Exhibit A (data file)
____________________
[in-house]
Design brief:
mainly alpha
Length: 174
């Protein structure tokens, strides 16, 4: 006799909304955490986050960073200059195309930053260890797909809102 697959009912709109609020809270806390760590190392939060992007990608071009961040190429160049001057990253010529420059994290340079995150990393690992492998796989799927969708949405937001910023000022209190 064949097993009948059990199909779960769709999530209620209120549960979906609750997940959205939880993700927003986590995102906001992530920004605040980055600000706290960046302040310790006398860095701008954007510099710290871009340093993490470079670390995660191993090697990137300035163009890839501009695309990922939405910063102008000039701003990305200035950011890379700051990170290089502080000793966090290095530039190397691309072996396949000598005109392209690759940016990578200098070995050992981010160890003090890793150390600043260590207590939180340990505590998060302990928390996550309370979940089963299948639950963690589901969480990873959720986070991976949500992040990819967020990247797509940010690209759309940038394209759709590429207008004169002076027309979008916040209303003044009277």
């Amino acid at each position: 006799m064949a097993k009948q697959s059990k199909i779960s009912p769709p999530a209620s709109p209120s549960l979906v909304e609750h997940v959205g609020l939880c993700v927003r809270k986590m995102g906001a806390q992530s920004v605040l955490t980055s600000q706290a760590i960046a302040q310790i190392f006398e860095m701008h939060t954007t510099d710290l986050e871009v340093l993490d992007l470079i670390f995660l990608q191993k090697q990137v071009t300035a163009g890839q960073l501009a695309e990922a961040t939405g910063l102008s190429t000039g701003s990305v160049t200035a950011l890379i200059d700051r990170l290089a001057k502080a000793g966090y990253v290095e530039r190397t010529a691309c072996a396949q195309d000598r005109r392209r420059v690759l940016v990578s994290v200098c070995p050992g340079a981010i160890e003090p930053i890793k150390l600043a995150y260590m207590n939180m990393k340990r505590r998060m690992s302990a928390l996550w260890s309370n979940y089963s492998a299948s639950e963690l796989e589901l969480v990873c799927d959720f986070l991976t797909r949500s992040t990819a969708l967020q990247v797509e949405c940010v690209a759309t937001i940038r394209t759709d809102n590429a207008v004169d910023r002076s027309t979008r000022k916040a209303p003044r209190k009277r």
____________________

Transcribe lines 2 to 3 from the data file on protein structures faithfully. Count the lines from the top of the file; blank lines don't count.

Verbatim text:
Design brief:
mainly alpha